RPF invasion of Rwanda and denials
Posted Tuesday, December 18 2012 at 02:00
Denial. Even with Uganda openly supporting preparations for this RPF invasion of Rwanda, the Museveni government would spend the next four years vehemently denying that it supported the group.
After former Rwandan President Juvenal Habyarimana invited exiled Tutsi in Uganda to visit relatives who had stayed behind in 1959, Rwandan Patriotic Front (RPF) agents started secretly entering the country.
The agents were often intelligence officers and operatives in the Ugandan Army and in late 1989, they started gathering intelligence information from inside Rwanda.
According to several Hutu sources at the time, the unidentified visitors from Uganda told the Tutsi residents in various villages to start selling their land to their Hutu neighbours.
This, say the Hutu, was in order to help raise money for use in a forthcoming RPF war. These secret meetings were held at night, usually on Saturdays, as well as at public events, weddings, in bars, church parishes and at Catholic Church convents.
Hutu sources claim that the RPF provocateurs infiltrating the country from Uganda in 1989 encouraged the Tutsis to poison their Hutu friends and drinking colleagues.
Bishop Frédéric Rubwejanga, the head of the Catholic Church in Rwanda and a Tutsi, is said to have signed for and received arms and ammunition from the RPF in 1989 in the town of Mutara.
On August 17, 1990, in a paper titled “How to fight a counterrevolutionary insurgency” presented before the Ugandan Army at the Bombo Military Academy, President Museveni outlined the approach that his officers should take in combating the anti-government insurrection in northern Uganda.
He said: “Insurgents do not have to do much, but they will have succeeded in their devices if they simply terrorise the population, stop them from producing wealth for the country, dismantle the network of civil administration (for example, chiefs or RCs), and block communications.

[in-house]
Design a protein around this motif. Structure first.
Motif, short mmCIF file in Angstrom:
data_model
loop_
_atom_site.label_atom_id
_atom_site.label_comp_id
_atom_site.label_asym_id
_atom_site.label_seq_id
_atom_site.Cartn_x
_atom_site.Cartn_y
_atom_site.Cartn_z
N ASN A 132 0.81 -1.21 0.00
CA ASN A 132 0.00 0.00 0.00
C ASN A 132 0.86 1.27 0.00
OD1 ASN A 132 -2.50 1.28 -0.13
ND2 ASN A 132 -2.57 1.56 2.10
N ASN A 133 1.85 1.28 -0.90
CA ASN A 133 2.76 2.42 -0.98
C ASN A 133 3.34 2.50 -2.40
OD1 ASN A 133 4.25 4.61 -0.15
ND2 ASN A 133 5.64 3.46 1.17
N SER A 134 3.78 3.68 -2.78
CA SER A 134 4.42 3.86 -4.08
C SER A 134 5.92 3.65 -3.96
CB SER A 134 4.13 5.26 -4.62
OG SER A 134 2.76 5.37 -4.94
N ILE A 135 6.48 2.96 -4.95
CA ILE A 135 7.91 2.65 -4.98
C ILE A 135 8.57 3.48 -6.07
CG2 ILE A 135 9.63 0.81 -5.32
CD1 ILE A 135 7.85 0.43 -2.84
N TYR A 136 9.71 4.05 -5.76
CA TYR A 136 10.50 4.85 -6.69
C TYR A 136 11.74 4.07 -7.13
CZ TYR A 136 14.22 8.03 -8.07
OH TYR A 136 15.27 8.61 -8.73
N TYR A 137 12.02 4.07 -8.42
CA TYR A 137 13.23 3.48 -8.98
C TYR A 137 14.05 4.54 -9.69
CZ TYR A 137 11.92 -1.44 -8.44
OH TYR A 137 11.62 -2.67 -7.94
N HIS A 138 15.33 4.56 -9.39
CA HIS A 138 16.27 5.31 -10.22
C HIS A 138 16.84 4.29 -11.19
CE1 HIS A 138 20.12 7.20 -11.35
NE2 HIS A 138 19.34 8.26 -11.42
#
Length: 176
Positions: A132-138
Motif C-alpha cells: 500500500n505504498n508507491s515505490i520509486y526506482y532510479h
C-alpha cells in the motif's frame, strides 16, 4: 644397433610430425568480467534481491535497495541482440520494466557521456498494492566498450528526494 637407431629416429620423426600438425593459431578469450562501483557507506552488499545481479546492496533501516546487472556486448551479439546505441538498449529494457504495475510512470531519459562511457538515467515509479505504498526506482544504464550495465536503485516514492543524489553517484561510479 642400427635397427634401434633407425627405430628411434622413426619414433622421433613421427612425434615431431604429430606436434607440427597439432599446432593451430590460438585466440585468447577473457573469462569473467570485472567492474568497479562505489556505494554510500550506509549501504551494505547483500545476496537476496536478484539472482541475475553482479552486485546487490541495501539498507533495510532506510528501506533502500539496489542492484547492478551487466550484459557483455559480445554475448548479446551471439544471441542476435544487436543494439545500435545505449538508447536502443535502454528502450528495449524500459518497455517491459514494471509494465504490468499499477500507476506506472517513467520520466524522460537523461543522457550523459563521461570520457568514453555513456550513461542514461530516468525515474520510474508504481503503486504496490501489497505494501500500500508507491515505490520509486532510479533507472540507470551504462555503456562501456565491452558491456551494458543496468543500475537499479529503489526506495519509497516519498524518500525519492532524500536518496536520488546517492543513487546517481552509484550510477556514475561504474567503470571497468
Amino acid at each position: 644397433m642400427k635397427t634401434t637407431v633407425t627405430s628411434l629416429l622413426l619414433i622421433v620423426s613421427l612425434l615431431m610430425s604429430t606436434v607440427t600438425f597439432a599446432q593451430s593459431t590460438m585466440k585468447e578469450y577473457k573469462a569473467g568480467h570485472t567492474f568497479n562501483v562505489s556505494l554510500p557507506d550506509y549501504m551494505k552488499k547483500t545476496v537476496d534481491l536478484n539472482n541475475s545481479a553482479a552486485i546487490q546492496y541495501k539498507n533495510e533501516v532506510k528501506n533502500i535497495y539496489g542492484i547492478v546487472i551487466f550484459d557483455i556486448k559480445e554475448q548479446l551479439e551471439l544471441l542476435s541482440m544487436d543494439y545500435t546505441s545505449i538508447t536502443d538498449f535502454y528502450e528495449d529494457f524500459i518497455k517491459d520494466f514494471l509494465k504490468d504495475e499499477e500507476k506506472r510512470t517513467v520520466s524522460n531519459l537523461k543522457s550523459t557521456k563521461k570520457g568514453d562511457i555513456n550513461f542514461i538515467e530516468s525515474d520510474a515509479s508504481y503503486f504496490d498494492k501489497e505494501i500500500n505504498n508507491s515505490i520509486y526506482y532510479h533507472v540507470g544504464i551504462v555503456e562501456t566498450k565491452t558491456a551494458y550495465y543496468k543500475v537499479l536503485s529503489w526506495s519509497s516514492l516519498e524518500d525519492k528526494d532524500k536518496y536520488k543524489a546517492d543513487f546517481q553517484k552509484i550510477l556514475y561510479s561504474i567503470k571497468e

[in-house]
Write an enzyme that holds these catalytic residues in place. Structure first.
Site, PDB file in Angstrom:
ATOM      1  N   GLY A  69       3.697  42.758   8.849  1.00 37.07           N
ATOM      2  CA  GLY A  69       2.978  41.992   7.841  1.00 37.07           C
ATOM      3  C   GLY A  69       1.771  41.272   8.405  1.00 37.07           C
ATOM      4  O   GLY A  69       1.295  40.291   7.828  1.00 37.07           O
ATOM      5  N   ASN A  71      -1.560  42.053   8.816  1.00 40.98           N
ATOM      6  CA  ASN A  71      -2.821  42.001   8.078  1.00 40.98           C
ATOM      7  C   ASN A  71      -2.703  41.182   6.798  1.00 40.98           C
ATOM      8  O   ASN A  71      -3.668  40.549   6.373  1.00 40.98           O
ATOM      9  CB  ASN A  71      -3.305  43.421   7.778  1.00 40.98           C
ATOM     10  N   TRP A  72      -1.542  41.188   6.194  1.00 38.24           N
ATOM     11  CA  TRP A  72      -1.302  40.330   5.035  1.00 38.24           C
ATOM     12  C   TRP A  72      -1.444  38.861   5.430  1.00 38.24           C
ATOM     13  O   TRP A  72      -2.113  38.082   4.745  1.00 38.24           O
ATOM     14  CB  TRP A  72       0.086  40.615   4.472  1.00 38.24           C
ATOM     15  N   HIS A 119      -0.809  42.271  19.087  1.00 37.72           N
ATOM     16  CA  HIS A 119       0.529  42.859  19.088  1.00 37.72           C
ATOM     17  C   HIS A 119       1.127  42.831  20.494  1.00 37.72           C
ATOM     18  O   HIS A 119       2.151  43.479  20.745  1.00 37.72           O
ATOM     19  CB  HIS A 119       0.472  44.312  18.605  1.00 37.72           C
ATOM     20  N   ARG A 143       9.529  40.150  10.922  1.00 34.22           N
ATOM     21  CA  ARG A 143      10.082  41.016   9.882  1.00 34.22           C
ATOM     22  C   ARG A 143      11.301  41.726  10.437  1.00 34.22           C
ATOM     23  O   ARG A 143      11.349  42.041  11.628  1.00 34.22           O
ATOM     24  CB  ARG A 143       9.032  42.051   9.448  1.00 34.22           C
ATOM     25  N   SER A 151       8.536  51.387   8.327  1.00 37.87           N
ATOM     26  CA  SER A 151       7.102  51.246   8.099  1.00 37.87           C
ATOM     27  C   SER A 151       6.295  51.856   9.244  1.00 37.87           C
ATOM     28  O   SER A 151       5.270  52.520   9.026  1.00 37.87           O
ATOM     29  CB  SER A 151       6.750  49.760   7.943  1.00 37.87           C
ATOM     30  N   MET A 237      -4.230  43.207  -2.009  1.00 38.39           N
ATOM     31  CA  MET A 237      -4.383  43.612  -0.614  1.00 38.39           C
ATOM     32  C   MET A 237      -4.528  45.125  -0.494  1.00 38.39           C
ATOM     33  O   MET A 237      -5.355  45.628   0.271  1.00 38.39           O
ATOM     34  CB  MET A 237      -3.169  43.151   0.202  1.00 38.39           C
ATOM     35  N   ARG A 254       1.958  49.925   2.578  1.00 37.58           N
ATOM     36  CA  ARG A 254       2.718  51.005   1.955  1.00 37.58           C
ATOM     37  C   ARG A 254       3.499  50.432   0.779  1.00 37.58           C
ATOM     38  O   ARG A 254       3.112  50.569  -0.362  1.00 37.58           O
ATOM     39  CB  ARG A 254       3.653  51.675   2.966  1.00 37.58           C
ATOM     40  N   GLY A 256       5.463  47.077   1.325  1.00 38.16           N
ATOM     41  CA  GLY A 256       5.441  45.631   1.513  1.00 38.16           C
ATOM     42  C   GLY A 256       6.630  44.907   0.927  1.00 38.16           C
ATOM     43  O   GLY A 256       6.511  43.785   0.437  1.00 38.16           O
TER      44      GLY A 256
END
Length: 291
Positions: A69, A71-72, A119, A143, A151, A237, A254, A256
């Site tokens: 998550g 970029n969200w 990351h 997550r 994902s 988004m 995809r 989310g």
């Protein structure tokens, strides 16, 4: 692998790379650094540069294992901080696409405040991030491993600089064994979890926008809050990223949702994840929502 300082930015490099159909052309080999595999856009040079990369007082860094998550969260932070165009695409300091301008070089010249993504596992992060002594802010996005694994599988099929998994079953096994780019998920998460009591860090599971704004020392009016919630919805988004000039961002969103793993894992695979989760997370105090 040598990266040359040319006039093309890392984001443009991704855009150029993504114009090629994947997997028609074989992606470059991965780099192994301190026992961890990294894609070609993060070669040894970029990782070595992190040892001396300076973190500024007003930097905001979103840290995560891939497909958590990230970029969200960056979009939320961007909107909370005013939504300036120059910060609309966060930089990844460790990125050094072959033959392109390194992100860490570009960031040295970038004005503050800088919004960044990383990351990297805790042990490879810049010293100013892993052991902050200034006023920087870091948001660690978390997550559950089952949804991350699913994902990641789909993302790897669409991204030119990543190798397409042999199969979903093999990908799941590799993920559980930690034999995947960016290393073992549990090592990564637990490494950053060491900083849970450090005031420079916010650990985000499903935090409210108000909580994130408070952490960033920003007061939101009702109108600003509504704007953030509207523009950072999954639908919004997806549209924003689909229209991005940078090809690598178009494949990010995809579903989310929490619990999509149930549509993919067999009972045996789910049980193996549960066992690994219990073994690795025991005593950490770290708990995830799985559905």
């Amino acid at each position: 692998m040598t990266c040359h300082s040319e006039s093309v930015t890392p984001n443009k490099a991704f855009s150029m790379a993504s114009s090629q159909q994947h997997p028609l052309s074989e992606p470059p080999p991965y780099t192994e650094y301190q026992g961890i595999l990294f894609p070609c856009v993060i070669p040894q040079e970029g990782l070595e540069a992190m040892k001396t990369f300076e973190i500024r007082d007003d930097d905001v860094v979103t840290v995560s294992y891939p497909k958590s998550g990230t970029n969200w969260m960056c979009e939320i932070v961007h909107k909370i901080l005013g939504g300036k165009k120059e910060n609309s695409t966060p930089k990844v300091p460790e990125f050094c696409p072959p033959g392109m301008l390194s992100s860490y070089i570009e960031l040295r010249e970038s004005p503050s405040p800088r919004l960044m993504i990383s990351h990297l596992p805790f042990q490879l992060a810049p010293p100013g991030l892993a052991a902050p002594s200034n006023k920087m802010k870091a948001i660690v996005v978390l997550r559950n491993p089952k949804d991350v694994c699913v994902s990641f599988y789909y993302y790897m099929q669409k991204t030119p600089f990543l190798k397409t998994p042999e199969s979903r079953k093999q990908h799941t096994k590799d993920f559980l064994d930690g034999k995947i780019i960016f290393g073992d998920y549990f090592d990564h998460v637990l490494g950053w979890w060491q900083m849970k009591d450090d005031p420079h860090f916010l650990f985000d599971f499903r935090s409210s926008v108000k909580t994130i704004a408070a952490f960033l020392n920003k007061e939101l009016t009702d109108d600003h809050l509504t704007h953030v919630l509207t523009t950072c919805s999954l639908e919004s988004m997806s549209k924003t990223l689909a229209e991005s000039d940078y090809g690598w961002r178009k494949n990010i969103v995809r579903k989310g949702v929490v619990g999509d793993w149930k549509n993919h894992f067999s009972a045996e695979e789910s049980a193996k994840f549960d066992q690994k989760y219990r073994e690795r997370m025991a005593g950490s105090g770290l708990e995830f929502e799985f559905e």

“Once the State does not stop insurgents from doing this on a large scale, the country will rapidly lose income and find it impossible to support the army… Insurgents will be in a position to create a situation of strategic stalemate or even to launch a strategic counteroffensive to seize state power.”
This was one of the most significant addresses President Museveni had ever given. Not only did he inadvertently reveal how he had planned and fought his own NRA guerrilla war between 1981 and 1986, listening to him that day were several Rwandan Tutsi soldiers, who at the time, were part of the Ugandan Army, the NRA. They would draw inspiration from Museveni for an invasion of Rwanda being secretly planned at the time.
The Tutsi officers in the army were mainly deployed in the Finance and Administration and Medical departments of Bombo Barracks. They were Maj. Peter Bayingana, Maj. Frank Munyaneza, and others.
A Rwandan officer called Major Paul Kagame was the director of Administration in the Directorate of Military Intelligence at Basiima House in Kampala.
Another Ugandan-Rwandan officer, Patrick Karegyeya, was the director of counterintelligence in the NRA.
Stephen Ndugute had been a Lieutenant and a Marine in the Uganda Army under Idi Amin in the 1970s and fought in the 1979 war where he was wounded in one of his legs.
He was one of the senior officers of Andrew Kayiira’s UFM that fought Obote, having refused to join the NRA that was dominated by his fellow Tutsi officers.
As a colonel, Ndugute was the second in command to Major-General Paul Kagame in July 1994, as the RPA closed in on Kigali city.
The RPF had set the original date for their invasion of Rwanda on December 25, 1990. However, in September 1990, the United Nations held its annual summit in New York at which both President Museveni and Rwanda’s President Habyarimana would be present.
This presented an opportunity favourable for the RPF. Habyarimana would be out of the country and Museveni, who secretly supported the RPF, could claim ignorance of the sudden invasion if it took place.